2:30 PST UPDATE #2: A confidential source in Guatemala says that the guns were military-issue “escopetas,” or shotguns. Apparently, this source says,  a stash of bullets and a machine used to illegally refill cartridges were also found, similar to this one below. Authorities will attempt to trace both the guns and the bullets found in the home. 


3:00 PST UPDATE #3: Another judge, Marta Sierra, has ruled that Judge Perlata should go free. She said that the MP and CICIG did not demonstrate that the Peralta was a member of an “illegal structure.” He is now said to be back at work at the Minor’s Court in Escuintla. The updated Prensa Libre story is here, and mentions that the guns were found in Zone 8 of Mixco, in San Cristóbal. Peralta’s family says the guns are used for sport.

Judge Marta Sierra, January 2008 file photo from ElPeriodico

In 2008, Judge Sierra provoked the ElPeriodico headline, “MP recusa a juez que conoce caso Bancafé: Las últimas resoluciones de la juez Marta Sierra de Stalling no han sido del agrado de los investigadores” (My rough translation: “MP challenges the judge hearing the Bancafé case: The latest rulings by judge Marta Sierra de Stalling [sic] have not been welcomed by investigators”). An excerpt:

“Estamos preocupados de que continúe el caso con la misma jueza, para que no se ponga en peligro la credibilidad del sistema de justicia en este país”, argumentó el fiscal general, Juan Luis Florido. Aseveró que dudan de la imparcialidad de la juez.”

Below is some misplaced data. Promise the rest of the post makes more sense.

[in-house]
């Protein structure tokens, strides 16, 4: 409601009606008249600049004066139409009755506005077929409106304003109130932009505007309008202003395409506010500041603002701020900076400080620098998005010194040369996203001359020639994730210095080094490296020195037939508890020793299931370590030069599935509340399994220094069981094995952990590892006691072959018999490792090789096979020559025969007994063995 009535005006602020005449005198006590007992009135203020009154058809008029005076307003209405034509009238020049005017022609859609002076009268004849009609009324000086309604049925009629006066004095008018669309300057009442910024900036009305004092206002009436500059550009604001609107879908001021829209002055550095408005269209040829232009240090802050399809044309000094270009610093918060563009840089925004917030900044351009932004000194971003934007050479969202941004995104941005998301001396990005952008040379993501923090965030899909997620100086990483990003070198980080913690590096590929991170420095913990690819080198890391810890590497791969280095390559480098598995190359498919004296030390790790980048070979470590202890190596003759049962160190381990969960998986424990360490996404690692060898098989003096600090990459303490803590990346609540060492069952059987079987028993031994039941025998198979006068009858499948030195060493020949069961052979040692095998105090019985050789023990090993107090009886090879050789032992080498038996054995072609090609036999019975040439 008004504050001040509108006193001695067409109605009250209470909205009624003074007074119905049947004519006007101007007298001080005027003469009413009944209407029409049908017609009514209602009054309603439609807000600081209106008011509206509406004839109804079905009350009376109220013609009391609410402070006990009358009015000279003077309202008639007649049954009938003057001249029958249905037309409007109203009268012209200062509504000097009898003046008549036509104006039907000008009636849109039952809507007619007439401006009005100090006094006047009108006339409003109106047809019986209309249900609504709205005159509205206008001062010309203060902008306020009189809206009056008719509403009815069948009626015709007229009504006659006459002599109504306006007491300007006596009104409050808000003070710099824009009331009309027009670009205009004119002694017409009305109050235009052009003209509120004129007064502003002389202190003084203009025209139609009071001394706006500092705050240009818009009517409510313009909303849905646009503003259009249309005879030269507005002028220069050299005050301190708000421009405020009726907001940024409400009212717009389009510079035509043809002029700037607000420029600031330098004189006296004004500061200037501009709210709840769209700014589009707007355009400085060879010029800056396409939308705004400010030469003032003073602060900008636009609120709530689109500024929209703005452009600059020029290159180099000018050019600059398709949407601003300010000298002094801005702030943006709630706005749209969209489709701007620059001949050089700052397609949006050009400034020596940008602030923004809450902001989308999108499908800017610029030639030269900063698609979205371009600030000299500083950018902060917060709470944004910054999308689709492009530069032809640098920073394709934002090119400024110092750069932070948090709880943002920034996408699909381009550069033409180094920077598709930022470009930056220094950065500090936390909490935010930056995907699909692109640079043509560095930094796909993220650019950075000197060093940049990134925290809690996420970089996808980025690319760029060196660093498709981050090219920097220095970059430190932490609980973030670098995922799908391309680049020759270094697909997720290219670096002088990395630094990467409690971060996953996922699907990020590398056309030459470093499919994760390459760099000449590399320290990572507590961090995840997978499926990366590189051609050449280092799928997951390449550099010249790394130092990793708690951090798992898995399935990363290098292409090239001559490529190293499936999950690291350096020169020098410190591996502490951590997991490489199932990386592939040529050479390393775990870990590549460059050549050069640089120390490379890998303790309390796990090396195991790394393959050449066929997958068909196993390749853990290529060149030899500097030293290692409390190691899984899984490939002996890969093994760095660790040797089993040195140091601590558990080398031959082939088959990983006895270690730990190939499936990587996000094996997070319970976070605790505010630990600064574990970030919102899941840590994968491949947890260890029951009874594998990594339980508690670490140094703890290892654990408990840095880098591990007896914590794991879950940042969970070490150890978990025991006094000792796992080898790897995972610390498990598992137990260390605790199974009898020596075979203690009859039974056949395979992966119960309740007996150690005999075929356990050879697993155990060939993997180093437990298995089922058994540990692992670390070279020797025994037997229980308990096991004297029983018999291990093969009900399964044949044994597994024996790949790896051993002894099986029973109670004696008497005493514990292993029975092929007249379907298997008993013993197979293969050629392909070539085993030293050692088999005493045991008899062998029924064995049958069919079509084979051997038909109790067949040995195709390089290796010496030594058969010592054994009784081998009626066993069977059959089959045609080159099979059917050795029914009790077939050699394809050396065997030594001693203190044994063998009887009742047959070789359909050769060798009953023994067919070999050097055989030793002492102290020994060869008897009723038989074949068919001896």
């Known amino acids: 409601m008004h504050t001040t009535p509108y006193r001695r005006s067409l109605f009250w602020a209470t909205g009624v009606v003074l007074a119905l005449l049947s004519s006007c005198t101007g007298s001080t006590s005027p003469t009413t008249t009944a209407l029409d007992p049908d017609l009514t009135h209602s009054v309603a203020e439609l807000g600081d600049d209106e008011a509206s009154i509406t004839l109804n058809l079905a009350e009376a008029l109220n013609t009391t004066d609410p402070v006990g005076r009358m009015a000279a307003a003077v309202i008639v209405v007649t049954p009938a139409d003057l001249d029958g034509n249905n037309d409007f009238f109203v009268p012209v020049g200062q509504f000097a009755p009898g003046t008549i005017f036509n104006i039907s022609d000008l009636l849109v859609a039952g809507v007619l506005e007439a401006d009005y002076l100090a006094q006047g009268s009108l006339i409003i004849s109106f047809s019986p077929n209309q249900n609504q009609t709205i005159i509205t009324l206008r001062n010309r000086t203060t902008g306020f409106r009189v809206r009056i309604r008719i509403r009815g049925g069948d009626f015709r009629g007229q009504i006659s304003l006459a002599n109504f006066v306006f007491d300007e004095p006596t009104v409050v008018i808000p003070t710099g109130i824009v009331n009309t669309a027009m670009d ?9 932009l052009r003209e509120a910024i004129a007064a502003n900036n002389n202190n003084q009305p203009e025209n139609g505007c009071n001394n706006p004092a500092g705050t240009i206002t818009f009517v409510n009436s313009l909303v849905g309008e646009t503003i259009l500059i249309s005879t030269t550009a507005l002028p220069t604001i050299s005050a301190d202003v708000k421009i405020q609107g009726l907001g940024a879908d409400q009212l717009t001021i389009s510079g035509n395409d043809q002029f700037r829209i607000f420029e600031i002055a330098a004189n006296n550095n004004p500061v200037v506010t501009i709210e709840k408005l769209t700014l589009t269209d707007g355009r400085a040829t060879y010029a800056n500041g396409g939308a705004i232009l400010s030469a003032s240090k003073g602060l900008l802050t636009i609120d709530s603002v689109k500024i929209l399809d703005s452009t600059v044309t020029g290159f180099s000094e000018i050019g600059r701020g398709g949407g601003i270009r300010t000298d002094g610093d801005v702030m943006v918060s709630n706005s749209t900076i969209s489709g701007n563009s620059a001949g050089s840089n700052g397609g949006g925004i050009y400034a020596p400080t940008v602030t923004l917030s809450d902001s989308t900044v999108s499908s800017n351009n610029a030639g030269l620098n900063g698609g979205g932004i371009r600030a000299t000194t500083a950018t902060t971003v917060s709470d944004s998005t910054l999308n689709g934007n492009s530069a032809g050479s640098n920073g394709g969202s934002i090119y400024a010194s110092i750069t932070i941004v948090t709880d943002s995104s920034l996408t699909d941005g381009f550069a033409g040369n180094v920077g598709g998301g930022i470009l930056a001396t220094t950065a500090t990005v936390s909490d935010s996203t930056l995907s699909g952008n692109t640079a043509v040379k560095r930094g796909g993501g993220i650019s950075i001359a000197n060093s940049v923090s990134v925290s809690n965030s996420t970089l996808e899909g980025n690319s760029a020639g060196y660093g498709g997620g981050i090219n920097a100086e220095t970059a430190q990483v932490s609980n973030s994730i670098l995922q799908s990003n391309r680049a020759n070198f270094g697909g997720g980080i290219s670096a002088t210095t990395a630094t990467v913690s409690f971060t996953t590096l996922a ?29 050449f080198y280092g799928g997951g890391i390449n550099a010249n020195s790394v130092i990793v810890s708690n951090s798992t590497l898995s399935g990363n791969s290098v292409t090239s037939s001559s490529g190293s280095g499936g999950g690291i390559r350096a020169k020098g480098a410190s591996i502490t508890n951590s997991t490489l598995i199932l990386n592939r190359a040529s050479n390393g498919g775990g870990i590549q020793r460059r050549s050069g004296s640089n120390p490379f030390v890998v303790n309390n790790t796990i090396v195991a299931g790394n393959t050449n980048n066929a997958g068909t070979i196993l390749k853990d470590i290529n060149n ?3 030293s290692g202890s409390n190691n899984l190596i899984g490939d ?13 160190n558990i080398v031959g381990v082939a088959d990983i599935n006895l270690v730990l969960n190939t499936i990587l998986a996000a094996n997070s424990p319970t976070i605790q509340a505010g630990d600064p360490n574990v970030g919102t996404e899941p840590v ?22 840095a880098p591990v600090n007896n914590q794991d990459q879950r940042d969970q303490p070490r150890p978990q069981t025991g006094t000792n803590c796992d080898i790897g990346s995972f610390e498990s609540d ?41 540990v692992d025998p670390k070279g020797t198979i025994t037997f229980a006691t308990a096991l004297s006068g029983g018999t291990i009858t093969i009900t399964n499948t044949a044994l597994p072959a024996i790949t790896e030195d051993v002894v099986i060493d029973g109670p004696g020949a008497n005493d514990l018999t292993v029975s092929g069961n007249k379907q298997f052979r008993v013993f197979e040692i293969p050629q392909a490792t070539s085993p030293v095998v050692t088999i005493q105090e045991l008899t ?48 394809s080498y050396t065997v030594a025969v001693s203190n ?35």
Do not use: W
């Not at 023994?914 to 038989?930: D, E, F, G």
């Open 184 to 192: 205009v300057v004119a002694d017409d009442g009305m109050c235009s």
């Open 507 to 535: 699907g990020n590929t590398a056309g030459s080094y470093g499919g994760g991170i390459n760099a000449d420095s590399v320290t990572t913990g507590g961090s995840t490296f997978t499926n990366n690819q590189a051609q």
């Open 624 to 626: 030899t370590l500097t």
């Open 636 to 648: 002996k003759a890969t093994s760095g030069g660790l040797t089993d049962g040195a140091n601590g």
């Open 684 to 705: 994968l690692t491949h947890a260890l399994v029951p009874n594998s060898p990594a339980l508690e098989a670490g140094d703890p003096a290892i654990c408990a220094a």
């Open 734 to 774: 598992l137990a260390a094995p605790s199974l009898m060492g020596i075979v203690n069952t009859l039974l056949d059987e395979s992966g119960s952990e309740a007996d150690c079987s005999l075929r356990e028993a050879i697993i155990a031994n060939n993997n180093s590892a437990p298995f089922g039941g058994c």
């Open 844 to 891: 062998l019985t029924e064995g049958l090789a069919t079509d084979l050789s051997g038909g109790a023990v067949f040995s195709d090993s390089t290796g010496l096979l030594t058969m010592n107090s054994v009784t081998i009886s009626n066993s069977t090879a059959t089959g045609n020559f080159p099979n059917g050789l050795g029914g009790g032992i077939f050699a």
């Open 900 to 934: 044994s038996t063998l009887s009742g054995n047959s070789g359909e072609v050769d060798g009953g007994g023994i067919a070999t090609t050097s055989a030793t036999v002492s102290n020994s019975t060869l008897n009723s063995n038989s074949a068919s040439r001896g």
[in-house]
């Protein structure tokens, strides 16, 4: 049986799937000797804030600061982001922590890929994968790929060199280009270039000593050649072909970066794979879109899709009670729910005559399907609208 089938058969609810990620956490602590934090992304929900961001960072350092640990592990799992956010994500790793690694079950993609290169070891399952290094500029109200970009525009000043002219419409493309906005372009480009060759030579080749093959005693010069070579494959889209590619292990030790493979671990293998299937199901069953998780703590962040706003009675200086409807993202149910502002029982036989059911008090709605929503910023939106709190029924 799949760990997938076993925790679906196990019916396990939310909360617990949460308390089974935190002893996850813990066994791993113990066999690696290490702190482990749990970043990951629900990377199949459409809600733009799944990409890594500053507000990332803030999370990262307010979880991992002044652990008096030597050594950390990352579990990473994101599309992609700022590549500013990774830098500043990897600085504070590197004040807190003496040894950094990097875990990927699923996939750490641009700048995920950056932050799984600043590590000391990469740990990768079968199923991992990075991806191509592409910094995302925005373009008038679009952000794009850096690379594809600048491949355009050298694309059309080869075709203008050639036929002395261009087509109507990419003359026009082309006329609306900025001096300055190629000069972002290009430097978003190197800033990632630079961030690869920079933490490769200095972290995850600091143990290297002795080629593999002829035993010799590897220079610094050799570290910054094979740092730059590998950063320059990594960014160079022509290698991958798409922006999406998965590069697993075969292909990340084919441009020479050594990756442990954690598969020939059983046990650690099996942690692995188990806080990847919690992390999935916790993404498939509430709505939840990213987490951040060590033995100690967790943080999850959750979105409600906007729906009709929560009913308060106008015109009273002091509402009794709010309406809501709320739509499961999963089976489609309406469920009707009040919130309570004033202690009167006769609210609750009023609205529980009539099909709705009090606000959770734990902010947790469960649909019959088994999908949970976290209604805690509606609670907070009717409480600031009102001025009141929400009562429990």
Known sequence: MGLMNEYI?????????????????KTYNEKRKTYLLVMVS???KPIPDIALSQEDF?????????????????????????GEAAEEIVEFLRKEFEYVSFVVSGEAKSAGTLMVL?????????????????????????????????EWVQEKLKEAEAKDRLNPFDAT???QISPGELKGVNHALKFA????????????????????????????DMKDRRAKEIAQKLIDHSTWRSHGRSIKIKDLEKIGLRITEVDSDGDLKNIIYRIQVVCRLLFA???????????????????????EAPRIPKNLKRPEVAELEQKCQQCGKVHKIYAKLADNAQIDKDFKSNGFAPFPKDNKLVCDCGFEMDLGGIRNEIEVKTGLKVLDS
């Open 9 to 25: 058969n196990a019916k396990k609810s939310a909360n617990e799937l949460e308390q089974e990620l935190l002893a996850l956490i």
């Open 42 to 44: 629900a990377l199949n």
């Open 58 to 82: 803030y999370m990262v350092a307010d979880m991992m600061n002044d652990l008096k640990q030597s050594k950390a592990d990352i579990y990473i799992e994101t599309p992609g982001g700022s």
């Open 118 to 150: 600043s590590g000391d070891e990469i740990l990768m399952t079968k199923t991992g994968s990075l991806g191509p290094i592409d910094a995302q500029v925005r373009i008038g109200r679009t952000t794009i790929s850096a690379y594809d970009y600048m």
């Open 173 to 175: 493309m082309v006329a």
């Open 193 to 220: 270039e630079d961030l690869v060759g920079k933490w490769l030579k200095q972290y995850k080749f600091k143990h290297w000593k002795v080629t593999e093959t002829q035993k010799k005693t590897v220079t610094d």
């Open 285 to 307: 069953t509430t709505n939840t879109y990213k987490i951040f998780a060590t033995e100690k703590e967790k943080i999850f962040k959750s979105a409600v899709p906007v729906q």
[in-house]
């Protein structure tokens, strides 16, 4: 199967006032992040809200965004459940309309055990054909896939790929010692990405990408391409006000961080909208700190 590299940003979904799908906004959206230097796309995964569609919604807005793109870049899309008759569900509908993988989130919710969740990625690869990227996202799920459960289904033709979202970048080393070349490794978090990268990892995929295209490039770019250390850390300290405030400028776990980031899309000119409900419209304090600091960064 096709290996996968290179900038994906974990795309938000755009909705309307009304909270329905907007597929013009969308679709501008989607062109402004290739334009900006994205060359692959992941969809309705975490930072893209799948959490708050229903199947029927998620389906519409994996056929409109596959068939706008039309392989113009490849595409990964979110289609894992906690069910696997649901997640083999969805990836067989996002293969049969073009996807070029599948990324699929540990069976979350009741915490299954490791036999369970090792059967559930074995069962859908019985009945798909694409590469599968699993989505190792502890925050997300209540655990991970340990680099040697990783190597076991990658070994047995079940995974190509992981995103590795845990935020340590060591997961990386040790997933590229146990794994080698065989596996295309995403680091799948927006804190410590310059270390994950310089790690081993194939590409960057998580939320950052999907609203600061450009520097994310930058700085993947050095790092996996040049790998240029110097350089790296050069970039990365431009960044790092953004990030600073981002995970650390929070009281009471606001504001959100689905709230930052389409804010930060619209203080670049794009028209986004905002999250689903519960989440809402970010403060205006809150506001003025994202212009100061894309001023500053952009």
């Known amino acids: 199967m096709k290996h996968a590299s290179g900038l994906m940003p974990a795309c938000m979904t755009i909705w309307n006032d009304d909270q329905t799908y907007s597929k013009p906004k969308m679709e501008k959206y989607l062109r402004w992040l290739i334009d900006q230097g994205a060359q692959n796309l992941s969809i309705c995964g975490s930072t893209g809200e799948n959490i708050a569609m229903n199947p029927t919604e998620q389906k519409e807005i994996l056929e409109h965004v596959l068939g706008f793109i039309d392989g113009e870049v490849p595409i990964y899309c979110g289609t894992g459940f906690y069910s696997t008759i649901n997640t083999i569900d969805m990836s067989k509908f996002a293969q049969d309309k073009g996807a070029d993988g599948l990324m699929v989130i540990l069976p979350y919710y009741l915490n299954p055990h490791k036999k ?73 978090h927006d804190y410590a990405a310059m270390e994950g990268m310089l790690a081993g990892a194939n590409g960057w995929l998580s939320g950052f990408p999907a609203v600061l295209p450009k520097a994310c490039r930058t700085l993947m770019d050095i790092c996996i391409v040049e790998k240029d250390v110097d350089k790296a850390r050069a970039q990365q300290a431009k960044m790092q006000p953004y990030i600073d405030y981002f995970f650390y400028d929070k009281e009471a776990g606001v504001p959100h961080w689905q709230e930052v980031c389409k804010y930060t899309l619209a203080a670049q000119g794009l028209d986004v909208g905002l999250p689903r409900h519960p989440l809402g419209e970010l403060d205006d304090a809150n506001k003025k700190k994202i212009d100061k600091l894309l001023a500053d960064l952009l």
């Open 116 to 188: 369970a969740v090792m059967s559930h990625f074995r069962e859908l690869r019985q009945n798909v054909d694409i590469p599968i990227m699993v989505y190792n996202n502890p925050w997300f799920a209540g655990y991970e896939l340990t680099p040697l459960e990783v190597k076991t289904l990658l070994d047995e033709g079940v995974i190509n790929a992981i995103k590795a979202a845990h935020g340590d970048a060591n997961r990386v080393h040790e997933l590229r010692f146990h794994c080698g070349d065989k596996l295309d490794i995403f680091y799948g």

“We’re worried that if the case continues with the same judge, we will endanger the credibility of the justice system in this country,” argued [Guatemala's] Attorney General Juan Luis Florido. He asserted that the impartiality of the judge was in question.

An anonymous source involved in the investigation, capture, and prosecution of Judge Peralta said the following to me:

“Es decepcionante, pero estoy acostumbrado a que las cosas no funcionen así que hay que seguir.” (Rough translation: It’s disappointing, but I am used to things that don’t work, so one must go on.”)

An appeal of Judge Sierra’s ruling on Judge Peralta is expected for next Wednesday or Thursday.